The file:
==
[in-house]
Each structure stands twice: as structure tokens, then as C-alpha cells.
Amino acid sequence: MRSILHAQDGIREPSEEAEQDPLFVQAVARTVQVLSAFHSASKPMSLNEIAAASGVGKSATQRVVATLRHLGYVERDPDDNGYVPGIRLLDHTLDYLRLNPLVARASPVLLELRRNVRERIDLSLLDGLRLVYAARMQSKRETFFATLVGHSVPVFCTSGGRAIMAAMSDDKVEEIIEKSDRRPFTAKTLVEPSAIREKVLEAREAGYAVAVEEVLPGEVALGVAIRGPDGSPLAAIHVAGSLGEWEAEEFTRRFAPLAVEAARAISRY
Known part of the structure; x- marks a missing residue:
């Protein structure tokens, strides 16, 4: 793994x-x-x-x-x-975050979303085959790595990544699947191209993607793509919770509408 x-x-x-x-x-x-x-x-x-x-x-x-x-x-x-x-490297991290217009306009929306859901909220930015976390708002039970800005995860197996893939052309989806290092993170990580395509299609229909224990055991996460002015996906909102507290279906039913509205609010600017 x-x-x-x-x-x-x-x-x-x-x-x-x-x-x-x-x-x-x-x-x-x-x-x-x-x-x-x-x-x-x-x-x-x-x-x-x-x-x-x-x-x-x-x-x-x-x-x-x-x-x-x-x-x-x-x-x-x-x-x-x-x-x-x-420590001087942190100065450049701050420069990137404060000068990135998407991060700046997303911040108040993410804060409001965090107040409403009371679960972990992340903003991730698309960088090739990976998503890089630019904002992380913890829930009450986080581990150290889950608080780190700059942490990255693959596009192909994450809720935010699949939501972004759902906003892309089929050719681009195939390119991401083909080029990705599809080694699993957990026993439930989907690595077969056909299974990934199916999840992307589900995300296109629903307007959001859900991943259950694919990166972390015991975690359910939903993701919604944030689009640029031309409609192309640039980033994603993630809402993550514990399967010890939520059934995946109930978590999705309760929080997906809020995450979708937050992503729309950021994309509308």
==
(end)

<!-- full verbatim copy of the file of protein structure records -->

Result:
[in-house]
Each structure stands twice: as structure tokens, then as C-alpha cells.
Amino acid sequence: MRSILHAQDGIREPSEEAEQDPLFVQAVARTVQVLSAFHSASKPMSLNEIAAASGVGKSATQRVVATLRHLGYVERDPDDNGYVPGIRLLDHTLDYLRLNPLVARASPVLLELRRNVRERIDLSLLDGLRLVYAARMQSKRETFFATLVGHSVPVFCTSGGRAIMAAMSDDKVEEIIEKSDRRPFTAKTLVEPSAIREKVLEAREAGYAVAVEEVLPGEVALGVAIRGPDGSPLAAIHVAGSLGEWEAEEFTRRFAPLAVEAARAISRY
Known part of the structure; x- marks a missing residue:
């Protein structure tokens, strides 16, 4: 793994x-x-x-x-x-975050979303085959790595990544699947191209993607793509919770509408 x-x-x-x-x-x-x-x-x-x-x-x-x-x-x-x-490297991290217009306009929306859901909220930015976390708002039970800005995860197996893939052309989806290092993170990580395509299609229909224990055991996460002015996906909102507290279906039913509205609010600017 x-x-x-x-x-x-x-x-x-x-x-x-x-x-x-x-x-x-x-x-x-x-x-x-x-x-x-x-x-x-x-x-x-x-x-x-x-x-x-x-x-x-x-x-x-x-x-x-x-x-x-x-x-x-x-x-x-x-x-x-x-x-x-x-420590001087942190100065450049701050420069990137404060000068990135998407991060700046997303911040108040993410804060409001965090107040409403009371679960972990992340903003991730698309960088090739990976998503890089630019904002992380913890829930009450986080581990150290889950608080780190700059942490990255693959596009192909994450809720935010699949939501972004759902906003892309089929050719681009195939390119991401083909080029990705599809080694699993957990026993439930989907690595077969056909299974990934199916999840992307589900995300296109629903307007959001859900991943259950694919990166972390015991975690359910939903993701919604944030689009640029031309409609192309640039980033994603993630809402993550514990399967010890939520059934995946109930978590999705309760929080997906809020995450979708937050992503729309950021994309509308």